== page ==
Saturday, July 12, 2008

The Ways We Fight Syndromes

The "I'll show you! I'll ignore you." Syndrome

Ahhh...the old silent treatment. We'll ignore and deprive them of our attention (love in expression) to get them to take notice of us. If they respond, they care. If they don't, they don't love you. (If you really loved me, you would respond with concern to my silence.) Maybe if you ignore them, they’ll see how important this “issue” is to you. Maybe they’ll see how hurt you are and not do what they did again. If you ignore them, maybe they’ll be nicer to you and extend themselves to bring you out of your silence. This will prove that they really love you.

Useful Ideas:

* Talk openly and honestly. Know the intent behind your words.

* Understand silence isn’t motivating, it only leads to lack of communication and confusion.

The "I need to teach you a lesson." Syndrome

Since you lover gets unhappy when you spend time on the computer, you'll purposefully spend more time on the computer to teach her to accept this about you. You'll teach her to not want to be with you so much. You do the exact opposite of what she wants so she'll learn to be more accepting and to prove you can't be manipulated by her. But then she just becomes even more angry thinking you're deliberately going against her wishes.

Useful Ideas:

* Talk openly and honestly. Know the intent behind your words.

* Look at what areas you'd like for your partner to change, then examine how them changing would benefit you. Discuss what you've discovered with your partner.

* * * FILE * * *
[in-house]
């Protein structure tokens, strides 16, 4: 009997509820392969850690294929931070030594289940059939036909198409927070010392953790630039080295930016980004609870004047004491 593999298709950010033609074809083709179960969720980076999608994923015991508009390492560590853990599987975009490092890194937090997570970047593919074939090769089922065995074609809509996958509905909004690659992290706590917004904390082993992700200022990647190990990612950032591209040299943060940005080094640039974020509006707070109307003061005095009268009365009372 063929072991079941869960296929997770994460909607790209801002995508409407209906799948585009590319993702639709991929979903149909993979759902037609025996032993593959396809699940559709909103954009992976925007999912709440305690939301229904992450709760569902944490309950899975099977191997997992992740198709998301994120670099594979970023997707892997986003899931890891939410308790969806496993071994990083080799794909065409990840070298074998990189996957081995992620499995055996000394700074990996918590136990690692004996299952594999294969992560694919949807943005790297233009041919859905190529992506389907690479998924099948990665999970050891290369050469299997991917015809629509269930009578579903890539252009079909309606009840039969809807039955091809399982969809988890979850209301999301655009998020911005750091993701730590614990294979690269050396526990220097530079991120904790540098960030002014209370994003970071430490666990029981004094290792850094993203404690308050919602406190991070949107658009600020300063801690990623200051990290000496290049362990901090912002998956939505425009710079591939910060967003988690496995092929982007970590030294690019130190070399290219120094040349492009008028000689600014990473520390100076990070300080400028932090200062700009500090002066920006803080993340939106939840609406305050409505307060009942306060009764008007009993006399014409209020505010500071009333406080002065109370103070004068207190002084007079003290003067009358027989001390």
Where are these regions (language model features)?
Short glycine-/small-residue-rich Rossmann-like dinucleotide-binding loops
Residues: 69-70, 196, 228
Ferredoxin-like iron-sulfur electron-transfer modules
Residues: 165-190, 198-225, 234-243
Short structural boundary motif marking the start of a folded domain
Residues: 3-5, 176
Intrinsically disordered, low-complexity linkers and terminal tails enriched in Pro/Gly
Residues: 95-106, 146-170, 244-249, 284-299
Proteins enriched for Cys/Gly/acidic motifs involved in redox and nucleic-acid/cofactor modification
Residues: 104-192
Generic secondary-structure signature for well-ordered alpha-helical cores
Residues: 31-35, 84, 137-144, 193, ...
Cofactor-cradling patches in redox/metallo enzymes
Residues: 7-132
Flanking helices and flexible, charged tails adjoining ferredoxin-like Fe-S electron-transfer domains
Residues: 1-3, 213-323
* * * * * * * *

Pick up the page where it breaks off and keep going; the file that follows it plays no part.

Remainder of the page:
The "You hurt me, now I am going to hurt you." Syndrome

You felt hurt by something your lover said or did. You want them to feel the same pain back so you do or say something that you're sure will push a button.

You had hoped that if you got angry, they'd see how much it means to you and will stop doing what you don't want them to do. You’re simply saying, “If you continue to behave in this way, you're going to have to experience my wrath.” You had unknowingly hoped that your anger and hostility would be an effective deterrent. But as it turns out, they push back and become angry themselves. Even if the person is willing to change, they don't want to be shoved, manipulated and condemned into changing. Their reaction is to fight back. It's a lose-lose situation.

Useful Ideas:

* Take responsibility for your emotions. When you become angry, who's responsible for that anger?

* Talk openly and honestly. Know the intent behind your words.

* Think of the times you have become angry with your partner. Was it because you were hurt, or wanted them to stop doing something? Discuss with your partner what you discover.

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